by Meg Waite Clayton ‧ RELEASE DATE: Nov. 30, 2021
Sympathetic characters propel a tense narrative.
Love and peril in Vichy, France.
Mary Jayne Gold, an American heiress who worked to rescue artists and intellectuals from Nazi-occupied France, has inspired Clayton’s spirited reimagining of those turbulent years, centered on the intrepid Nanée Gold—she can fly a plane!—and the handsome photojournalist Edouard Moss, a widower with an impossibly adorable young daughter. While Nanée and Edouard are fictional, Clayton embeds them in a world of real people: Marc Chagall, incredulous that his own government would turn against him; Pablo Picasso, who refused to leave Paris; Leonora Carrington, who comes to a gathering at Nanée’s Paris apartment; Lion Feuchtwanger, Hans Bellmer, and Max Ernst, among many others imprisoned at the Camp des Milles internment camp; and André Breton and his wife, Jacqueline, who hold a salon in the Villa Air-Bel, a safe house secured and paid for by Nanée, where fellow surrealists distract themselves in talk, dancing, and games. Although friends urge Nanée to go home, she has no interest in returning to a vacuous life as a socialite; instead, she insists, she “wanted to do something to help, the same as any decent person in this newly terrible world surely must.” Her chance comes in 1940, with the arrival of Varian Fry, sent by the American Emergency Rescue Committee to facilitate the escape of some 200 painters, composers, and writers in danger of Nazi persecution. Fry, realizing the benefit of Naneé’s willingness and wealth, makes her a courier—a postmistress—delivering messages throughout Paris. The plot thickens when Nanée becomes infatuated with Moss, who has been sent to Camp des Milles. Dressed in a couture suit, wearing diamonds and a dab of Chanel No. 5, Naneé devises her own mission to get him out. As their love affair intensifies, so do their desperate efforts to find Moss’ daughter and, somehow, survive the ominous world of war.Sympathetic characters propel a tense narrative.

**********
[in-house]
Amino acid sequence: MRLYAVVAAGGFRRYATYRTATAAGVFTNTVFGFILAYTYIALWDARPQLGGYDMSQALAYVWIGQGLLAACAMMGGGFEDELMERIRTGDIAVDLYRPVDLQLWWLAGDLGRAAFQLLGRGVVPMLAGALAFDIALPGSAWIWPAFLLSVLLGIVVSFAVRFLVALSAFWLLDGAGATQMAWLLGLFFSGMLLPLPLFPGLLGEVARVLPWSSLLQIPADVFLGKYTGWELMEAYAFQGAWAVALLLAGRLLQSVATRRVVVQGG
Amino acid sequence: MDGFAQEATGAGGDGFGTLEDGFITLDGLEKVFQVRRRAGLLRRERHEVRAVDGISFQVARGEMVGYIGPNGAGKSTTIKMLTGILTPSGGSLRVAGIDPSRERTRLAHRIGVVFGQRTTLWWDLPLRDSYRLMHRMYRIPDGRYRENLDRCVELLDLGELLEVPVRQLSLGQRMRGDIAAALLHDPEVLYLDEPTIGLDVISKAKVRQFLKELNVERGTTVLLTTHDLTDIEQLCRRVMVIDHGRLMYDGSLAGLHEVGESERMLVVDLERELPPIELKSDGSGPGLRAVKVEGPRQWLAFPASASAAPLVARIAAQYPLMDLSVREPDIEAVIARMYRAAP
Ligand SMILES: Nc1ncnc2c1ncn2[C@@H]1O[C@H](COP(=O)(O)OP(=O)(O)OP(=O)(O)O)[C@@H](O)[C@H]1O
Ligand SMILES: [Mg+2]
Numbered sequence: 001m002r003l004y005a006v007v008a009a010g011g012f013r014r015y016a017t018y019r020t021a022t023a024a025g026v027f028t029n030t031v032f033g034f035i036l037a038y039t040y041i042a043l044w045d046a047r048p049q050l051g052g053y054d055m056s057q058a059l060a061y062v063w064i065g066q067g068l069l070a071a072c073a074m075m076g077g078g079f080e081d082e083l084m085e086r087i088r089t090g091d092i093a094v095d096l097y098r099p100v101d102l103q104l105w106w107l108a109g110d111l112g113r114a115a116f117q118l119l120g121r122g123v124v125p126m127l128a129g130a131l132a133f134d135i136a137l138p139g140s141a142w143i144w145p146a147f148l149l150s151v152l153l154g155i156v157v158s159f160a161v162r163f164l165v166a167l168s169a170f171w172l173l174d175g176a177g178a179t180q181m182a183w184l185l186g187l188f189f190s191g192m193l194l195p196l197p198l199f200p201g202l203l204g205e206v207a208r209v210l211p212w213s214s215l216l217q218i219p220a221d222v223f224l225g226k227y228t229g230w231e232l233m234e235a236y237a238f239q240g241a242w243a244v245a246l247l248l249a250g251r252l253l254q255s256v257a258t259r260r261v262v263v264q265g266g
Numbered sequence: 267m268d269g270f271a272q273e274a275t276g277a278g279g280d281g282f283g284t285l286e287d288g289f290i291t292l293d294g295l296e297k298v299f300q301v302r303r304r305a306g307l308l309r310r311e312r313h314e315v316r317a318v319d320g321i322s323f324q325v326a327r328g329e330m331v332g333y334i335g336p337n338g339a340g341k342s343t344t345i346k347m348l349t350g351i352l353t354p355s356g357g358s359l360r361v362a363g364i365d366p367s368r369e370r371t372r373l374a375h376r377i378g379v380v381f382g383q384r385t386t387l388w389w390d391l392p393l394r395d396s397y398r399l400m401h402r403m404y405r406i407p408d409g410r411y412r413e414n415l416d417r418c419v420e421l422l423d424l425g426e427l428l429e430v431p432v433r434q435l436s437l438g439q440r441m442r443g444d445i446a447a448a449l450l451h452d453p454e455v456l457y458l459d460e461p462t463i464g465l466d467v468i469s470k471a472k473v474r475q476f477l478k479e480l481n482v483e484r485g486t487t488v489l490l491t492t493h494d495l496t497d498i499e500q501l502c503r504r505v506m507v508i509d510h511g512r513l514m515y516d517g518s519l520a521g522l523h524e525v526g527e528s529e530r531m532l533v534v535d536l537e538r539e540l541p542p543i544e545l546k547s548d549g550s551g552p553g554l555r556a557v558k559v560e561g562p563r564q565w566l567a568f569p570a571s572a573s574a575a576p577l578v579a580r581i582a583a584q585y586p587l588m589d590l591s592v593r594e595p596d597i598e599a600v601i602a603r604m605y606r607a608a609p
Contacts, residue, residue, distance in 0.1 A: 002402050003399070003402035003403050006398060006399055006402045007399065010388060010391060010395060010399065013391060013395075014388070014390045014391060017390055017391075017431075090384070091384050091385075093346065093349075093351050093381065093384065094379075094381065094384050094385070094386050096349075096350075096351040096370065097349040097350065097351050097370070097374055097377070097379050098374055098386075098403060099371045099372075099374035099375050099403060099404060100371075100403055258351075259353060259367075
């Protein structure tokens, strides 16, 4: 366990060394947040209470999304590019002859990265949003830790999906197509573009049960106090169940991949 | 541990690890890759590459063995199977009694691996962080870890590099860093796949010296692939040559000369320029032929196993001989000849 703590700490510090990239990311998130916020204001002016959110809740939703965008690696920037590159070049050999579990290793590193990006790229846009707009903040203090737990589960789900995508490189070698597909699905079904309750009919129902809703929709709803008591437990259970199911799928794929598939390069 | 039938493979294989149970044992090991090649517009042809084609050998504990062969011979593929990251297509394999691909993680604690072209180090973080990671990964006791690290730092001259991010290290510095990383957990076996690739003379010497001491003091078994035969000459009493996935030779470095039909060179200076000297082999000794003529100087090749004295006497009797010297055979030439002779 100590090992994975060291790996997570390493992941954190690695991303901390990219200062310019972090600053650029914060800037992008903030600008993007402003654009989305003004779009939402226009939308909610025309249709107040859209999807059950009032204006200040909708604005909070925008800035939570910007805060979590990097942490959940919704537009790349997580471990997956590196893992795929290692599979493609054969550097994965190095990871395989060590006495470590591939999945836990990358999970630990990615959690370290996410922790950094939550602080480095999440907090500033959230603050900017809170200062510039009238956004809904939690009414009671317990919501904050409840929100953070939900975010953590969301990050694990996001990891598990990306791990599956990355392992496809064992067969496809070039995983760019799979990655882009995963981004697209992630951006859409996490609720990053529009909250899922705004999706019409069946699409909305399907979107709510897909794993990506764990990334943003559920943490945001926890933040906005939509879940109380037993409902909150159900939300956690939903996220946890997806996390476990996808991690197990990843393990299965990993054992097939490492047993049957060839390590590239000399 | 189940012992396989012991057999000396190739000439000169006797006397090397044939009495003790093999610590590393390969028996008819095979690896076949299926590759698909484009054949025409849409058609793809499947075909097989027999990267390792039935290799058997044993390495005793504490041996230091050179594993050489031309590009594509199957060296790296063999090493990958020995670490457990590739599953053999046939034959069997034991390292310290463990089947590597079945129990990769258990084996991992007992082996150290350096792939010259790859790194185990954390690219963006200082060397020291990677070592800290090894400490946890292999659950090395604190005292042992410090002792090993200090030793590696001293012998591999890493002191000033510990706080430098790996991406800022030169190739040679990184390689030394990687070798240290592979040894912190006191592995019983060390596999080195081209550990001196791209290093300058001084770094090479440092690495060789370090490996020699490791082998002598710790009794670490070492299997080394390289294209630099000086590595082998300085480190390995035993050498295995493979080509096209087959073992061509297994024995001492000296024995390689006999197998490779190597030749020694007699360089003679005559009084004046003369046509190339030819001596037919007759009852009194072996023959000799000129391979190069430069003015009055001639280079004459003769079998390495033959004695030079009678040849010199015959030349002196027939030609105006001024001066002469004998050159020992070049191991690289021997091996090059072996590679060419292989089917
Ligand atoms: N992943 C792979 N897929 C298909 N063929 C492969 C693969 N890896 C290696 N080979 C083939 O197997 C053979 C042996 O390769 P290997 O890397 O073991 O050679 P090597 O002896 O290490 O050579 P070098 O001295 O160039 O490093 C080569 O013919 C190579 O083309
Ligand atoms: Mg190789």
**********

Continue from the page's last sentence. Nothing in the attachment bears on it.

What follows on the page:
Pub Date: Nov. 30, 2021
Page Count: 400
Review Posted Online: Sept. 14, 2021
Kirkus Reviews Issue: Oct. 1, 2021
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by Kristin Hannah ‧ RELEASE DATE: Feb. 6, 2024
A dramatic, vividly detailed reconstruction of a little-known aspect of the Vietnam War.
A young woman’s experience as a nurse in Vietnam casts a deep shadow over her life.